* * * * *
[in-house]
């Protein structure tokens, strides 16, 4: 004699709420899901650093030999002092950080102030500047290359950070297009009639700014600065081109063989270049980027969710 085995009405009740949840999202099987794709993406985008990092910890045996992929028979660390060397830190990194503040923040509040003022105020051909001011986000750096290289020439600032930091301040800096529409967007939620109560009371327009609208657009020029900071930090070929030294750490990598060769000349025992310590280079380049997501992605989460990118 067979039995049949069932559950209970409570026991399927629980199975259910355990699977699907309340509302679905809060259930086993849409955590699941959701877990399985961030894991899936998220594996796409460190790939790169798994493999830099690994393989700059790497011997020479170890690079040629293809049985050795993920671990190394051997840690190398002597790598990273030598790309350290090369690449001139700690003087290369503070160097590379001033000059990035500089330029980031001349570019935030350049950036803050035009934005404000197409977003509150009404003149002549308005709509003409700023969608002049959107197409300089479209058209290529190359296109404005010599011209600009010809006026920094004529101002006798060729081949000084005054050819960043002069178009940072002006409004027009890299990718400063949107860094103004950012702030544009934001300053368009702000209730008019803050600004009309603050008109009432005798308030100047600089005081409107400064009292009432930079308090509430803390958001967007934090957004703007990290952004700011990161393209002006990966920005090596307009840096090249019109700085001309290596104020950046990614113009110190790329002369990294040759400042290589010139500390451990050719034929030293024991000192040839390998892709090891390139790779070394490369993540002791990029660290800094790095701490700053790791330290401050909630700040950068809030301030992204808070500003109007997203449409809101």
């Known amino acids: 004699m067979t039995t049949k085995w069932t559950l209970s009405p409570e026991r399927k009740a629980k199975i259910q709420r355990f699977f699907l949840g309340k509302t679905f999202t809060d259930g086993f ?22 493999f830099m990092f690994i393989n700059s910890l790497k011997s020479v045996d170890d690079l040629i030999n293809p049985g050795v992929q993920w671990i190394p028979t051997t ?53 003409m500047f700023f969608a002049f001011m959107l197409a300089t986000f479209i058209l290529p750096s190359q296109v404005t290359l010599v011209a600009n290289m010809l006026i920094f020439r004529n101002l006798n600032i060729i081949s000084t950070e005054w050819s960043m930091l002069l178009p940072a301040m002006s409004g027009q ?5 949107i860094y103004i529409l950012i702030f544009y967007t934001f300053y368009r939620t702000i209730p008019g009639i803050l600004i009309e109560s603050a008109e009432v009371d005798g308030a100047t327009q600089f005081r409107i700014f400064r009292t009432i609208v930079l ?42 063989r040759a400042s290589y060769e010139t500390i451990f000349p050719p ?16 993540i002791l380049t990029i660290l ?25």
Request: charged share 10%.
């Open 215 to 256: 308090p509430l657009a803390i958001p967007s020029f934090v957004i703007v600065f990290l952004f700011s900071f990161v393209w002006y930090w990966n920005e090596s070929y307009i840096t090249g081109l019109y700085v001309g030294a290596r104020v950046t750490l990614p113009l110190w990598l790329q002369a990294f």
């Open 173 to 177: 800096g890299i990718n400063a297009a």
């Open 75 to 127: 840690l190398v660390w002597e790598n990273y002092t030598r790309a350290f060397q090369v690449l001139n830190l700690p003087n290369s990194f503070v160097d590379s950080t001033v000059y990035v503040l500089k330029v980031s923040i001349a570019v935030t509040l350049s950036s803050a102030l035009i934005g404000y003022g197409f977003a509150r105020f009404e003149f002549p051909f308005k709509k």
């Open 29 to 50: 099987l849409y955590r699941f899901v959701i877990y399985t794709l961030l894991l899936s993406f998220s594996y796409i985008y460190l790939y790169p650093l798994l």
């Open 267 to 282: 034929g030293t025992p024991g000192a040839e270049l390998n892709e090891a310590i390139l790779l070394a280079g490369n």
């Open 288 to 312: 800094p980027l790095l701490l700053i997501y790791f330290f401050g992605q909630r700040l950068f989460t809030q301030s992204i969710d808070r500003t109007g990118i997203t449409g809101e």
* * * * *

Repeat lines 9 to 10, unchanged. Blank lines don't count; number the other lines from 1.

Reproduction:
């Open 267 to 282: 034929g030293t025992p024991g000192a040839e270049l390998n892709e090891a310590i390139l790779l070394a280079g490369n």
């Open 288 to 312: 800094p980027l790095l701490l700053i997501y790791f330290f401050g992605q909630r700040l950068f989460t809030q301030s992204i969710d808070r500003t109007g990118i997203t449409g809101e």